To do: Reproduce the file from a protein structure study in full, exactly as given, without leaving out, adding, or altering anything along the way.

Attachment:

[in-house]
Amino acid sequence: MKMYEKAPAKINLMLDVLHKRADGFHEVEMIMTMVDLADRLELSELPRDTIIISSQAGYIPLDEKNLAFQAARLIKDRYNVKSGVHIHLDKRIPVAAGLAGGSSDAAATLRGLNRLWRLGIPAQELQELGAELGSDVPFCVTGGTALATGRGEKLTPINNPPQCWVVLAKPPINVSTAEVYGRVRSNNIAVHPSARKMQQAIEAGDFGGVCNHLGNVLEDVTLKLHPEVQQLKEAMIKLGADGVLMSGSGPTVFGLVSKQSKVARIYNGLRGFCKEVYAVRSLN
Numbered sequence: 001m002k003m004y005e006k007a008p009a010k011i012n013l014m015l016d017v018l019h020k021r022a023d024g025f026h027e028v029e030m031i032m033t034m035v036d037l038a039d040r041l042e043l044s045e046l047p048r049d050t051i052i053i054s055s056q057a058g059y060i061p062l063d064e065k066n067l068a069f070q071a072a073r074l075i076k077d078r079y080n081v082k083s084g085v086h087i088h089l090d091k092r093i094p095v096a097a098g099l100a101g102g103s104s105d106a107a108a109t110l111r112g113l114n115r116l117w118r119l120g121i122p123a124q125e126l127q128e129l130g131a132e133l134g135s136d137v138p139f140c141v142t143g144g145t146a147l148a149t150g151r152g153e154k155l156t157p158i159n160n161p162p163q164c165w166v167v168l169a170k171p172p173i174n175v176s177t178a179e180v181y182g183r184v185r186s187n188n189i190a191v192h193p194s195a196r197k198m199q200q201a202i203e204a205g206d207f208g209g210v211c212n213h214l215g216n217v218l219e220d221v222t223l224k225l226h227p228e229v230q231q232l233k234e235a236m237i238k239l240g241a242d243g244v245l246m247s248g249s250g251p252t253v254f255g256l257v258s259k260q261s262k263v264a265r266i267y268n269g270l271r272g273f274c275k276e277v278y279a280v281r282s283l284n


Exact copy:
[in-house]
Amino acid sequence: MKMYEKAPAKINLMLDVLHKRADGFHEVEMIMTMVDLADRLELSELPRDTIIISSQAGYIPLDEKNLAFQAARLIKDRYNVKSGVHIHLDKRIPVAAGLAGGSSDAAATLRGLNRLWRLGIPAQELQELGAELGSDVPFCVTGGTALATGRGEKLTPINNPPQCWVVLAKPPINVSTAEVYGRVRSNNIAVHPSARKMQQAIEAGDFGGVCNHLGNVLEDVTLKLHPEVQQLKEAMIKLGADGVLMSGSGPTVFGLVSKQSKVARIYNGLRGFCKEVYAVRSLN
Numbered sequence: 001m002k003m004y005e006k007a008p009a010k011i012n013l014m015l016d017v018l019h020k021r022a023d024g025f026h027e028v029e030m031i032m033t034m035v036d037l038a039d040r041l042e043l044s045e046l047p048r049d050t051i052i053i054s055s056q057a058g059y060i061p062l063d064e065k066n067l068a069f070q071a072a073r074l075i076k077d078r079y080n081v082k083s084g085v086h087i088h089l090d091k092r093i094p095v096a097a098g099l100a101g102g103s104s105d106a107a108a109t110l111r112g113l114n115r116l117w118r119l120g121i122p123a124q125e126l127q128e129l130g131a132e133l134g135s136d137v138p139f140c141v142t143g144g145t146a147l148a149t150g151r152g153e154k155l156t157p158i159n160n161p162p163q164c165w166v167v168l169a170k171p172p173i174n175v176s177t178a179e180v181y182g183r184v185r186s187n188n189i190a191v192h193p194s195a196r197k198m199q200q201a202i203e204a205g206d207f208g209g210v211c212n213h214l215g216n217v218l219e220d221v222t223l224k225l226h227p228e229v230q231q232l233k234e235a236m237i238k239l240g241a242d243g244v245l246m247s248g249s250g251p252t253v254f255g256l257v258s259k260q261s262k263v264a265r266i267y268n269g270l271r272g273f274c275k276e277v278y279a280v281r282s283l284n